Evil Health Insurance Corporations Love ObamaCare

What do health insurance executives think of ObamaCare? This will upset principled activists at both ends of the political spectrum (and about 60% of the adult population):
As Republicans push forward on repealing health reform, planning the law’s demise, a different conversation is happening among thousands of health care investors gathered in San Francisco for this week’s J.P Morgan Health Care Conference: how to capitalize on health reform’s new business opportunities.

The Congressional Budget Office estimates 32 million Americans will gain health insurance by 2019 if the law stands. For health insurers, that represents a potential boon for both their individual market business as well as in the Medicaid market, where states regularly contract with private insurers to manage care.
Happy days!

If you think the GOP, as it is currently configured, is serious about repeal, think again. Pay very close attention to what is said of the individual mandate:
Health insurers spent barely anytime discussing Republicans’ repeal efforts. Aetna’s Zubretsky touched on the subject briefly only to say that Republicans understand that a rifle shot approach to tearing out specific health reform provisions, particularly the individual mandate, would not bode well for their business.

“The unintended consequence of repealing and replacing part of the legislation is the biggest risk here,” he said. “If guaranteed issue stays but the enforceable mandate disappears, you need another mechanism to make the costs in the risk pool work.”

Zubretsky said Aetna has been in touch with the GOP on the issue and “believe the Republican leaders we’ve been talking to understand the consequences of decoupling the mandate from the guaranteed issue.”
Without an extreme makeover, the GOP won't get serious about repealing ObamaCare in 2012, whether they control the White House or not.


As I've noted in previous posts, conservatives need to push for an up-or-down vote on a clean and simple repeal of the individual mandate. That will help clarify the intentions of folks on both sides of the aisle.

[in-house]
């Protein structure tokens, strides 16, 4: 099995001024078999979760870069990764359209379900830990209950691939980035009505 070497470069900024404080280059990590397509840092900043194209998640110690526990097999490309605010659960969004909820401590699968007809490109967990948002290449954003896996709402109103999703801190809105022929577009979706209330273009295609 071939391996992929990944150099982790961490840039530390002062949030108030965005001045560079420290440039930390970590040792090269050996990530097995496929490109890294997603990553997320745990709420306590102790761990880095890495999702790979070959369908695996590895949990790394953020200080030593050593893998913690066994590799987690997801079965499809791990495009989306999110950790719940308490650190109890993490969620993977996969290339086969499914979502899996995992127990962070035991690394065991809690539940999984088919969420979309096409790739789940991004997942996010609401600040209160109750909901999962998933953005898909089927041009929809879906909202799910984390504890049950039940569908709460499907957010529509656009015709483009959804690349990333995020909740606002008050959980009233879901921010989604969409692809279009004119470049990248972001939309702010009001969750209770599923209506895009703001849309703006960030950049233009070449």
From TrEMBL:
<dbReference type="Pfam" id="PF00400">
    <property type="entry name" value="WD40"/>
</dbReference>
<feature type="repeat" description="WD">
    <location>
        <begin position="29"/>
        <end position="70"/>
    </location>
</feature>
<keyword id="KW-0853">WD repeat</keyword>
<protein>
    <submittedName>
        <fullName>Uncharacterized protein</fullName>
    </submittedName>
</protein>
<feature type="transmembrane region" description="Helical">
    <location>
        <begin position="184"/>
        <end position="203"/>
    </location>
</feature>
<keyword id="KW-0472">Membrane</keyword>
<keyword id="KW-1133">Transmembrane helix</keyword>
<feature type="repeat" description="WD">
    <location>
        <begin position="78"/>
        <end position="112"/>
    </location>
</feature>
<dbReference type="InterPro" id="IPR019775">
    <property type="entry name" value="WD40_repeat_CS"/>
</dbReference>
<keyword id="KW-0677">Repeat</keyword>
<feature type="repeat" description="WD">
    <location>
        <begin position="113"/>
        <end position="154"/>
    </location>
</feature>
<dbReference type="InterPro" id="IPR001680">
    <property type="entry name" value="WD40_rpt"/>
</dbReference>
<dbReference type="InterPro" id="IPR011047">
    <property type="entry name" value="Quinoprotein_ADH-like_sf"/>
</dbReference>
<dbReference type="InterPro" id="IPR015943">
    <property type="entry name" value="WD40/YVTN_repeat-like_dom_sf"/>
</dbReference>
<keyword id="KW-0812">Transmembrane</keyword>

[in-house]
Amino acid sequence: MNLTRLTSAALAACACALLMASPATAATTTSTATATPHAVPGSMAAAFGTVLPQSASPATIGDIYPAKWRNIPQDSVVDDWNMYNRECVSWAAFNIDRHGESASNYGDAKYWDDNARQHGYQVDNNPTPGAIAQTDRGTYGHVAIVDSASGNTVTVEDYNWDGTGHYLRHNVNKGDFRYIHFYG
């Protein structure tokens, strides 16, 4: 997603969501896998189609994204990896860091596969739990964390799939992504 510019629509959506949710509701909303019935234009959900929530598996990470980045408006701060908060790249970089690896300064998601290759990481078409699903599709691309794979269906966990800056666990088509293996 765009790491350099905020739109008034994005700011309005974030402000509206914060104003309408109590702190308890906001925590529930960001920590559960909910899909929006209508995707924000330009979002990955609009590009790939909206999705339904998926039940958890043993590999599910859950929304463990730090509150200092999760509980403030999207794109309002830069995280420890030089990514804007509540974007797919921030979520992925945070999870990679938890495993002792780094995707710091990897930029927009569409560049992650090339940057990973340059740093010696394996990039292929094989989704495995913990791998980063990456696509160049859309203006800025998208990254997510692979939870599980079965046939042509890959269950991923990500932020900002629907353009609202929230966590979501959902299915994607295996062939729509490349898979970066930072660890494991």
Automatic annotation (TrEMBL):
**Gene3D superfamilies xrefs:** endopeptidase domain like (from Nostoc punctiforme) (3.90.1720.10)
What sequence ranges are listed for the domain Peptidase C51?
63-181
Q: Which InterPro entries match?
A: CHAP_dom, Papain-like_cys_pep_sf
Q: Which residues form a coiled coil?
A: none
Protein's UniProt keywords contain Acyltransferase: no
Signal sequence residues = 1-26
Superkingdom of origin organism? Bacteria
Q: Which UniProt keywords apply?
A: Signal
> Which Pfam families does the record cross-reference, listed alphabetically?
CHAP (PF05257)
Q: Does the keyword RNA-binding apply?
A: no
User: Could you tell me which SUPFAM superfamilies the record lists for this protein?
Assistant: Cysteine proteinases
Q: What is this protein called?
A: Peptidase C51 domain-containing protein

By a 60% to 38% margin, Americans oppose the individual mandate. Will the new GOP-controlled House take action in accordance with the wishes of the American people? Will conservatives push the GOP hard enough? Are we ready to "primary" more Republicans in 2012?

You have often heard those who favor reform complain about the power of the health insurance industry. I think those who favor repeal are about to feel it.


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  1. So it may be a reasonable assumption that any GOP effort to repeal "ObamaCare" may just be a show pony... "Look, we tried..."
    Funny thing is, that this conference has the label of JP Morgan and is in San Francisco, to "Capitalize" on the new law.

  2. I am not as up in arms as you are. it has always been clear you cannot have guaranteed issue without either the mandate or some other way of paying for the additional cost.

    I doubt anyone spent much time talking about repeal because it is highly unlikely there will be a repeal until after the 2012 election. I do agree the Republicans need a clean repeal vote in the House and whatever they can get out of Reid in the Senate. Everyone needs to be put on record as to how they will vote on Health Care repeal.

    I believe the best strategy is to pick away at the taxing and funding for the health care bill as the opportunities arise.

  3. Rick Caird said...

    "I am not as up in arms as you are."

    Are you a conservative?

    "...it has always been clear you cannot have guaranteed issue without either the mandate or some other way of paying for the additional cost..."

    I don't want guaranteed issue. Guaranteed issue is an anathema to liberty and conservative free-market principles.

    In polls, Americans say they want health care for all, but they don't want the individual mandate, and I'm pretty sure health insurance companies don't want to go out of business.

    So kill ObamaCare by going after the lynchpin, the individual mandate.

    At the same time, you'd be taking out the most toxic piece of the health care legislation, the piece that is founded on the notion of virtually unlimited government power.